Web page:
It is completely contrary to Scripture to believe that some men have been given more moral and spiritual authority than other believers within the church. In the ekklesia of Jesus Christ, any person, male or female, recognized as being in Christ carries as much moral and spiritual authority as any other person--no more, no less--the same. The state may recognize trustees with greater legal authority, or pastors with greater state authority (the officiant in marriages, etc...) or signatures bearing corporate authority (deeds, title, etc...), but God established in his ekklesia a group of people with equal spiritual authority. Pay attention to those who are older and wiser in the ekklesia of Christ. Minister to those around you with a servant's heart and attitude. But if you ever begin to feel that somebody is beginning to exert spiritual authority and power over you and other individuals in an attempt to govern Christ's church, then it is time to confront the abuser of the ekklesia and call him out, and maybe even put him out.  My friend wrote a bestselling book called The Subtle Power of Spiritual Abuse, but maybe another one needs to be written entitled The Subtle Problem of Not Confronting Spiritual Abuse. A healthy ekklesia won't allow an abuse of power. It's not easy confronting abusers, but for the good of the ekklesia it must be done.

32 comments:

Anonymous said...

I agree whole heartedly Wade. In order for a church to have spiritual unity, there can not be anyone exerting influence that God himself has not ordained, or the spirit will not flourish. And spritual abuse is as bad or worse than physical abuse, both leave scars, but spiritual abuse leaves doubts and unanswered questions. But I will take it one step further, if there is spritual abuse or a church is allowing it to continue, it should be addressed and the situation corrected even by the "putting out" of the person or people I agree, but if not, we should not as a Christian keep ourselves in that situation and should pray for them and walk away from the situation entirely if God leads us. God's word has plenty to say about times when even God turned them over to thier sinful desires and let people destroy themselves after refusing his correction. Great post! Jeff Adams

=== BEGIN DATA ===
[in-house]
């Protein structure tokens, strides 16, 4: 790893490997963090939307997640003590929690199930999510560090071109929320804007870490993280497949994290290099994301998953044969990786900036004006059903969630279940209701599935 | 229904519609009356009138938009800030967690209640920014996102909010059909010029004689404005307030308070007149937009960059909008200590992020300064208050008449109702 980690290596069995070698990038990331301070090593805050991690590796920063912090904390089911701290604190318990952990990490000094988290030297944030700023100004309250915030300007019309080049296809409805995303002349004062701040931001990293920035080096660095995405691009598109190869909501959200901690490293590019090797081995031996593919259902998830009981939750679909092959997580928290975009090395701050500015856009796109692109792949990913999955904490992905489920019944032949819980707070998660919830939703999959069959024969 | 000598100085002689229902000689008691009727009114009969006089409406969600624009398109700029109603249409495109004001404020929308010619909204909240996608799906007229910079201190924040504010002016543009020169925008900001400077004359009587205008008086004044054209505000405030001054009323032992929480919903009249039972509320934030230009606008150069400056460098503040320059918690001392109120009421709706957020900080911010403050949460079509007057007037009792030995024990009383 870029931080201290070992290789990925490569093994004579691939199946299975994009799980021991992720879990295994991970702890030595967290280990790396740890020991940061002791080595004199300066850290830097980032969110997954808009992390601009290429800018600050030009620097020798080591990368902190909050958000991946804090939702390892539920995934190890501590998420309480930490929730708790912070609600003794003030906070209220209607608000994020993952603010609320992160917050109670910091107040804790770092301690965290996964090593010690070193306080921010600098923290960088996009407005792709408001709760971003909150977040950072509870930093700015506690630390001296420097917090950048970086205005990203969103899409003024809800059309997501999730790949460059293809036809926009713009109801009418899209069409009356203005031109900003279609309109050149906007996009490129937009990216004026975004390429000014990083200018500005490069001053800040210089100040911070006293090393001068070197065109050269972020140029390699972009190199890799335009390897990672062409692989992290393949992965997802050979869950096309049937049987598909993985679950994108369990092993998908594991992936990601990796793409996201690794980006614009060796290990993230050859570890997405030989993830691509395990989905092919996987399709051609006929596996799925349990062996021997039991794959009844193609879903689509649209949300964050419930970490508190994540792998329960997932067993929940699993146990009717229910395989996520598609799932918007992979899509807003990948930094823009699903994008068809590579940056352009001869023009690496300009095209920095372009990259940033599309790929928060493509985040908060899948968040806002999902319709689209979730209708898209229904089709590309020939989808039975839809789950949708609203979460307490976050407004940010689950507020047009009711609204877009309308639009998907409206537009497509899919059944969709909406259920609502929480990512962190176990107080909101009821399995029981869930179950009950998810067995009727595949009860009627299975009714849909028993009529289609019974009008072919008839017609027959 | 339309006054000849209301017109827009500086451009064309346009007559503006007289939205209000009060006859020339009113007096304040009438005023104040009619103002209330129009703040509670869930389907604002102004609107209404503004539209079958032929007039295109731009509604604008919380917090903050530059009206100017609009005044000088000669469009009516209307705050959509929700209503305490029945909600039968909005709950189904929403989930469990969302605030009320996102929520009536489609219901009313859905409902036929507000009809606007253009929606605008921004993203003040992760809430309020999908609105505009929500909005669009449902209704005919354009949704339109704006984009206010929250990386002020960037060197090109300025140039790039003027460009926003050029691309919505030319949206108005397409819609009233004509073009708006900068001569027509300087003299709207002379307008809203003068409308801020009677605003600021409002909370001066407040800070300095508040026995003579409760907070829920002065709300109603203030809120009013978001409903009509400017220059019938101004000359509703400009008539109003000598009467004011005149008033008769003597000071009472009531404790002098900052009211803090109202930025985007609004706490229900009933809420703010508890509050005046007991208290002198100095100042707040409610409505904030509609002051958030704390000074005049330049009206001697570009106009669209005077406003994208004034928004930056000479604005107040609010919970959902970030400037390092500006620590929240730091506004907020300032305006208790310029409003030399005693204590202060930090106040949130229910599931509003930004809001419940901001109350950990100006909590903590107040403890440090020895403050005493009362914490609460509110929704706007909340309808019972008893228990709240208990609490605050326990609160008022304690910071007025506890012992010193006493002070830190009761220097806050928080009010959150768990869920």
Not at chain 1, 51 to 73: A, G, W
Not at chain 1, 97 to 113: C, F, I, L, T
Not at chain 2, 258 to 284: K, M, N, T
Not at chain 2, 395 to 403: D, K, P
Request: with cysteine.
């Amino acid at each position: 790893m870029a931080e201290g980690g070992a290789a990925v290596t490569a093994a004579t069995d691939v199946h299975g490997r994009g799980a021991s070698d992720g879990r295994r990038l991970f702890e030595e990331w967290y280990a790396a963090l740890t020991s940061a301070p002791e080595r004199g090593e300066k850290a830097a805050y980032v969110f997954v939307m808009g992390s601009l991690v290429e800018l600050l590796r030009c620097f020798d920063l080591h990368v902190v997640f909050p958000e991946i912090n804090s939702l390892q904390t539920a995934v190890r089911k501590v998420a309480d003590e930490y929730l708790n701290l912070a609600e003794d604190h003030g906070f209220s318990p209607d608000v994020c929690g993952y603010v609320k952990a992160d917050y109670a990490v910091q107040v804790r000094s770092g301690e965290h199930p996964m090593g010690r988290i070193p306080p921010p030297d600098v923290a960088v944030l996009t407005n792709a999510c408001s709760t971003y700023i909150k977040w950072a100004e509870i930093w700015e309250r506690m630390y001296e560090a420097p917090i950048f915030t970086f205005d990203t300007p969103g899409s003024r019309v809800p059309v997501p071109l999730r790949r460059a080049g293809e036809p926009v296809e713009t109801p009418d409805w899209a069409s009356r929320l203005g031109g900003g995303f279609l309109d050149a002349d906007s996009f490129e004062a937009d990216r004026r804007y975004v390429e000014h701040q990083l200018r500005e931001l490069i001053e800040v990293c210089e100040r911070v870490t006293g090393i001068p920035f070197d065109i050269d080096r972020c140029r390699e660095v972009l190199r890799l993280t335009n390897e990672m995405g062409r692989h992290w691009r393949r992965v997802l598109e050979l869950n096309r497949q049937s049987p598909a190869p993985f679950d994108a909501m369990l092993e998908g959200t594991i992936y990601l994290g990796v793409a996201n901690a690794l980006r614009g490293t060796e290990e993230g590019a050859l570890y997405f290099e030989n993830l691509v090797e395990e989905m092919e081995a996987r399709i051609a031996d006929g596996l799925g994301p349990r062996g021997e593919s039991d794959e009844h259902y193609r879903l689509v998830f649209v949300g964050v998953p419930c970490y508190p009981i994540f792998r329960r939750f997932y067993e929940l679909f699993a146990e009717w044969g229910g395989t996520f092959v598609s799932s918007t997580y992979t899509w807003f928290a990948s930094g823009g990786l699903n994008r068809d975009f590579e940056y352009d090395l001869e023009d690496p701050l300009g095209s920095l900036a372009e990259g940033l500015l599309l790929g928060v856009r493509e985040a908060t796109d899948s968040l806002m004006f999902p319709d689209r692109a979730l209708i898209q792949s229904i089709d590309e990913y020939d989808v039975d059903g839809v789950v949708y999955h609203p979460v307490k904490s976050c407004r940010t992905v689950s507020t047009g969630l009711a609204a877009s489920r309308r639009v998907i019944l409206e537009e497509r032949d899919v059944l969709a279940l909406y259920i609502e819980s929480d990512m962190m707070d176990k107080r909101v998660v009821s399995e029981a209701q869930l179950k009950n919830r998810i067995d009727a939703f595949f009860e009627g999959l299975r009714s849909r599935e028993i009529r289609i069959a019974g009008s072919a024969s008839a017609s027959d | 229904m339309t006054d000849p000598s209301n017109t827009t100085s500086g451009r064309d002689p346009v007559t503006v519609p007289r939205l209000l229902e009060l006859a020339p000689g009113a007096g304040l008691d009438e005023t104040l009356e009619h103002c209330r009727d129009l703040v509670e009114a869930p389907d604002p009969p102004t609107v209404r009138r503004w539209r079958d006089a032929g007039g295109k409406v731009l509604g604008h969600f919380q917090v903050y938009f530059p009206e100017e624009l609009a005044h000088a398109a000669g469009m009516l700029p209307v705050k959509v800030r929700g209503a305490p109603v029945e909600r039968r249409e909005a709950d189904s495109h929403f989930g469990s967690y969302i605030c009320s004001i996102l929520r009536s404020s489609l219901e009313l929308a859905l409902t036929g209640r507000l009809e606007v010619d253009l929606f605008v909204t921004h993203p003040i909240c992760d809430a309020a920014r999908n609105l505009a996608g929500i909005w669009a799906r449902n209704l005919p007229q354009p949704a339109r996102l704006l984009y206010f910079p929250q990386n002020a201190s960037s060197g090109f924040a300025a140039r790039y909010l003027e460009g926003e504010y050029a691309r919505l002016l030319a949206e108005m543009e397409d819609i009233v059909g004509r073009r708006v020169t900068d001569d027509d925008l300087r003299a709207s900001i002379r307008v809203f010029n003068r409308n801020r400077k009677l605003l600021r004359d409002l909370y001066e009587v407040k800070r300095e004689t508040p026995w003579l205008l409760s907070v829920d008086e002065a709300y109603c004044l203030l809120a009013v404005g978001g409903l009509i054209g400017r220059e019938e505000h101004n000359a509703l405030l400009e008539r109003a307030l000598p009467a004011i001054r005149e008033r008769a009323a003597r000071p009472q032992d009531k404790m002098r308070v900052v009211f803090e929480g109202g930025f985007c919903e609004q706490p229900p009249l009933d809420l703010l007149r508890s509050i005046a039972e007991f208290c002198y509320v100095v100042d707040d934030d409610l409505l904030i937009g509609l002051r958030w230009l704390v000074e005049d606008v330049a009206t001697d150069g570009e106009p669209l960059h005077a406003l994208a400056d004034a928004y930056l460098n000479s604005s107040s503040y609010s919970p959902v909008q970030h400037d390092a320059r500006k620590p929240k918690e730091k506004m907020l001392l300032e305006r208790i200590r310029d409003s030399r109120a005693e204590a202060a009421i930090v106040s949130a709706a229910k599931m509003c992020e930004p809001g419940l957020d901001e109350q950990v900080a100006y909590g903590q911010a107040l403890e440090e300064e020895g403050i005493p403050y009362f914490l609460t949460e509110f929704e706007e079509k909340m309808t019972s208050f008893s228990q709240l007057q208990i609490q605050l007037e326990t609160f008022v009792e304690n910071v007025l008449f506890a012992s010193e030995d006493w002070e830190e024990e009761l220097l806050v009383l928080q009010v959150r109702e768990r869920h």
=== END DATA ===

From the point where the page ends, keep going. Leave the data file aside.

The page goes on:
Wade Burleson said...

Thanks, Jeff.

I should have added "the walking away part," or possibly used the words "shake the dust off your feet." :)

I recently saw that the granddaughters of the pastor of the bizarre Westboro Baptist Church did exactly that - they walked away.

Pege' said...

Wade, I have lived in many places in the world due to my husbands service in the Air Force. We have visited and have become members of many churches over the last 30 years. I do have to say that as we consider joining a church body,some of the first things we evaluated is the pastor, his commitment to the truth of the word of God, the doctrinal statement and we watched closely how the pastor interacted with the congregants, young and old. Then we tried to meet the elders/deacons. Spoke with Sunday school teachers and just simply observed the church over a period of time. In some churches you quickly discern strong authoritative control. In others it is very subtle and you don't see it for a long time. The way churches are set up , for the most part is to make it prone for spiritual control from the leadership. What we have done is not become a "official " member of the church.We do not vote, we just come and worship and serve. Even this causes some difficulties for us. What can people do when the majority of churches are set up with the Pastor, elders and deacons in authority over the people? And how does the church handle discipline when needed? There are not very many churches like EBC. who have this perspective. What suggestions do you have for those of us who cannot find some thing like this type of church?

Wade Burleson said...

Pege,